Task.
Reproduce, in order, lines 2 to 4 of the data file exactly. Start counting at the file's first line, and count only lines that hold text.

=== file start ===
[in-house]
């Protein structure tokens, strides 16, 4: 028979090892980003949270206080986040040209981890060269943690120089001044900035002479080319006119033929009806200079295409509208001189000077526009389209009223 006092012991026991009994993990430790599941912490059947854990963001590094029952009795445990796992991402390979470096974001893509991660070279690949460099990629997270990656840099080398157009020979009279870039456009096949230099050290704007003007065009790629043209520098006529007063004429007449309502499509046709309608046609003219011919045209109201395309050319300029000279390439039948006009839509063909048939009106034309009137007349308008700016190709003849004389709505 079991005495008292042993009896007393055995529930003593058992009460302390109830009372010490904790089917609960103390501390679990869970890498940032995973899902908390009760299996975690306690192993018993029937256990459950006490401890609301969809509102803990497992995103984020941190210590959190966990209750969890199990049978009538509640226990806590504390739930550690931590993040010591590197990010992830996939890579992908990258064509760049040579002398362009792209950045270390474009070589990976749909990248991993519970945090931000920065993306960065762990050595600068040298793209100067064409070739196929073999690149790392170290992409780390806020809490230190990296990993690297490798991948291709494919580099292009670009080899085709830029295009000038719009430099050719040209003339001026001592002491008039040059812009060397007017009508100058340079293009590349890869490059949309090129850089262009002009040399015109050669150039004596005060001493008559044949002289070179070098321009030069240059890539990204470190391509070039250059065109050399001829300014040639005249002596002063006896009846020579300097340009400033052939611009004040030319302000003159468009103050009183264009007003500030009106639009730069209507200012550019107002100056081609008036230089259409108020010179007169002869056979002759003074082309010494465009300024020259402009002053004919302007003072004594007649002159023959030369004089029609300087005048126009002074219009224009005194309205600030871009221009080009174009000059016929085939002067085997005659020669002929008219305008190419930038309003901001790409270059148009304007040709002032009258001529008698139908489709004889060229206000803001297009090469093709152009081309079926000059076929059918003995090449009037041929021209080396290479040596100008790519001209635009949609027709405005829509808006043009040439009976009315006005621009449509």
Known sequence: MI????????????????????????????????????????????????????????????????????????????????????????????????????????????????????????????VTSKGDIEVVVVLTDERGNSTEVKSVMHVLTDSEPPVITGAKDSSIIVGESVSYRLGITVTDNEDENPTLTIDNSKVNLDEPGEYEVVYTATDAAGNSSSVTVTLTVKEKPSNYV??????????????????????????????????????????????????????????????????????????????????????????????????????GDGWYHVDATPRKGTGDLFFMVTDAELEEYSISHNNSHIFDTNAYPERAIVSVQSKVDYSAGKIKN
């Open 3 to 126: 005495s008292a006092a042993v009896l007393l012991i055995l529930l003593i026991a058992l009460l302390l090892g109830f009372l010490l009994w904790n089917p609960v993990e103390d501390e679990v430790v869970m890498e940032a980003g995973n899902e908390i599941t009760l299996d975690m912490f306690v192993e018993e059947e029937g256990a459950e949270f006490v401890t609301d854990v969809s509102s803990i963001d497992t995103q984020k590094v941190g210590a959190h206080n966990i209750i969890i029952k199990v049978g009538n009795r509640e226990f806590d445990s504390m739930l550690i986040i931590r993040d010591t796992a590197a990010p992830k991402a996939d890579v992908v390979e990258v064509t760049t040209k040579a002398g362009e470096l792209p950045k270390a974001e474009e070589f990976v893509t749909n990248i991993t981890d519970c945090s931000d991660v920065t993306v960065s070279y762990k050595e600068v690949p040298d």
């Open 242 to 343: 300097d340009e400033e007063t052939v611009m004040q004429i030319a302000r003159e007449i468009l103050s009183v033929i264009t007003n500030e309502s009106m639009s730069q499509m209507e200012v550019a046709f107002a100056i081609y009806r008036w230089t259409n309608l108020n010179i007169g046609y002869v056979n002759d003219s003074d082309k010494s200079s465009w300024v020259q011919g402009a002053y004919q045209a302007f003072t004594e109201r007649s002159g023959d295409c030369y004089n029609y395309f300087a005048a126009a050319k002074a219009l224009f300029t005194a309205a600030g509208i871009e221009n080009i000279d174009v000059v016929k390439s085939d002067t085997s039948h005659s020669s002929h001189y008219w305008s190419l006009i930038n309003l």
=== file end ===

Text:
């Protein structure tokens, strides 16, 4: 028979090892980003949270206080986040040209981890060269943690120089001044900035002479080319006119033929009806200079295409509208001189000077526009389209009223 006092012991026991009994993990430790599941912490059947854990963001590094029952009795445990796992991402390979470096974001893509991660070279690949460099990629997270990656840099080398157009020979009279870039456009096949230099050290704007003007065009790629043209520098006529007063004429007449309502499509046709309608046609003219011919045209109201395309050319300029000279390439039948006009839509063909048939009106034309009137007349308008700016190709003849004389709505 079991005495008292042993009896007393055995529930003593058992009460302390109830009372010490904790089917609960103390501390679990869970890498940032995973899902908390009760299996975690306690192993018993029937256990459950006490401890609301969809509102803990497992995103984020941190210590959190966990209750969890199990049978009538509640226990806590504390739930550690931590993040010591590197990010992830996939890579992908990258064509760049040579002398362009792209950045270390474009070589990976749909990248991993519970945090931000920065993306960065762990050595600068040298793209100067064409070739196929073999690149790392170290992409780390806020809490230190990296990993690297490798991948291709494919580099292009670009080899085709830029295009000038719009430099050719040209003339001026001592002491008039040059812009060397007017009508100058340079293009590349890869490059949309090129850089262009002009040399015109050669150039004596005060001493008559044949002289070179070098321009030069240059890539990204470190391509070039250059065109050399001829300014040639005249002596002063006896009846020579300097340009400033052939611009004040030319302000003159468009103050009183264009007003500030009106639009730069209507200012550019107002100056081609008036230089259409108020010179007169002869056979002759003074082309010494465009300024020259402009002053004919302007003072004594007649002159023959030369004089029609300087005048126009002074219009224009005194309205600030871009221009080009174009000059016929085939002067085997005659020669002929008219305008190419930038309003901001790409270059148009304007040709002032009258001529008698139908489709004889060229206000803001297009090469093709152009081309079926000059076929059918003995090449009037041929021209080396290479040596100008790519001209635009949609027709405005829509808006043009040439009976009315006005621009449509």
Known sequence: MI????????????????????????????????????????????????????????????????????????????????????????????????????????????????????????????VTSKGDIEVVVVLTDERGNSTEVKSVMHVLTDSEPPVITGAKDSSIIVGESVSYRLGITVTDNEDENPTLTIDNSKVNLDEPGEYEVVYTATDAAGNSSSVTVTLTVKEKPSNYV??????????????????????????????????????????????????????????????????????????????????????????????????????GDGWYHVDATPRKGTGDLFFMVTDAELEEYSISHNNSHIFDTNAYPERAIVSVQSKVDYSAGKIKN
């Open 3 to 126: 005495s008292a006092a042993v009896l007393l012991i055995l529930l003593i026991a058992l009460l302390l090892g109830f009372l010490l009994w904790n089917p609960v993990e103390d501390e679990v430790v869970m890498e940032a980003g995973n899902e908390i599941t009760l299996d975690m912490f306690v192993e018993e059947e029937g256990a459950e949270f006490v401890t609301d854990v969809s509102s803990i963001d497992t995103q984020k590094v941190g210590a959190h206080n966990i209750i969890i029952k199990v049978g009538n009795r509640e226990f806590d445990s504390m739930l550690i986040i931590r993040d010591t796992a590197a990010p992830k991402a996939d890579v992908v390979e990258v064509t760049t040209k040579a002398g362009e470096l792209p950045k270390a974001e474009e070589f990976v893509t749909n990248i991993t981890d519970c945090s931000d991660v920065t993306v960065s070279y762990k050595e600068v690949p040298d």